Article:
Editor: Dr. Rachel Ehrenfeld, President, American Center for Democracy (ACD)
See the sources for this article and more research in the Additional Reading section
QUOTE OF THE WEEK:
In the recent weekly Torah passage of “Yitro” (Exodus 18:13-27), Moses’s father-in-law, observed his son-in-law exhausting himself as he tried to judge the problems and disputes of the Israelites. They were wandering in the desert after their release from 200 years of slavery by the Egyptian Pharaoh. Moses was both the leader of the Israelites and their chief Justice. Yitro (Jethro) worried that Moses would consume himself while maintaining these two jobs. He made the following observations:
2) Moses had no deputy helping him at the Court, and only one deputy, Aaron, helping with his leadership responsibilities.
3) The people he served had to wait all day to see him. Therefore, Yitro proposed several common-sense managerial solutions:
a) Moses should hear only the “major” and most “difficult” cases.
b) Lower courts should hear all the cases first.
b) Moses should appoint judges based on talent and integrity.
So, how are the Israeli courts doing 3,300 years later?
1) Instead of allowing the political leader, the Prime Minister, to nominate justices, as in the US, the Israeli Supreme Court (ISC) maintains a veto over the selection of new justices.2) The Court allows anyone to petition it without forcing the plaintiffs to seek redress in lower courts, as in the US.
3) The Court allows any plaintiffs to petition the Court, even if they have no legal standing, which America disallows.4) The Supreme Court rejects candidates who believe in traditional Jewish values, consequently failing to appoint the best judges to the job.
5) The Supreme Court chooses to listen to political cases, instead of focusing on issues that are “difficult” or “major”, as suggested by Yitro in the Torah.
6) The Supreme Court does not maintain equal protection under the law. It often discriminates against Jews, who represent 80% of the population, in favor of Muslim Arabs, who represent 20% of the population.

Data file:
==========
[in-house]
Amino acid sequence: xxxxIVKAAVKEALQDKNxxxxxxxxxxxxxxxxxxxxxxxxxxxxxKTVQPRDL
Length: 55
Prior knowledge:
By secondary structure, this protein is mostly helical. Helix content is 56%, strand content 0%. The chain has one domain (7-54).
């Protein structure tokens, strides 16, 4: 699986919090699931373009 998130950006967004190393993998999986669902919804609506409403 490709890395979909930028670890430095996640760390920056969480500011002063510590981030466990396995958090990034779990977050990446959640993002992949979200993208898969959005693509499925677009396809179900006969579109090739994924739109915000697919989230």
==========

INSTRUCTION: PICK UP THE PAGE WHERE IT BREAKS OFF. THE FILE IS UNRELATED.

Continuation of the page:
So what should the Israeli government do to fix its out-of-control Supreme Court, which has accumulated more power than any other democratic court in the world?
The Israeli government should insist on the following seven changes:
1) The Prime Minister, the elected executive, should nominate Supreme Court Justices, subject to Knesset approval.
2) Plaintiffs must seek redress in lower Courts before appealing to the Supreme Court.
3) Justices appointed to the Supreme Court should be the best and the brightest, not the most politically left-leaning.
4) The Supreme Court must maintain equal protection under the law and stop systematically discriminating against Jews.
5) The Supreme Court cannot be allowed to routinely reject the laws passed by the elected Knesset by over-ruling them.
6) The Supreme Court cannot routinely seek to criminalize mostly right-wing elected politicians with bogus charges, thus impeding their ability to rule, as they were elected to do.
7) The Supreme Court should immediately stop appointing Attorneys General and other legal advisors throughout the government. That is the Prime-Minister’s role.
All these changes will undoubtedly be contentious, but the time has come for the Israeli Supreme Court to move from being an embarrassing exception to Western democratic rule. Israel’s future as a thriving democracy depends on it!
‘Supreme Court discriminates against Jews, settlers’ – ערוץ 7 – IsraelNationalNews.com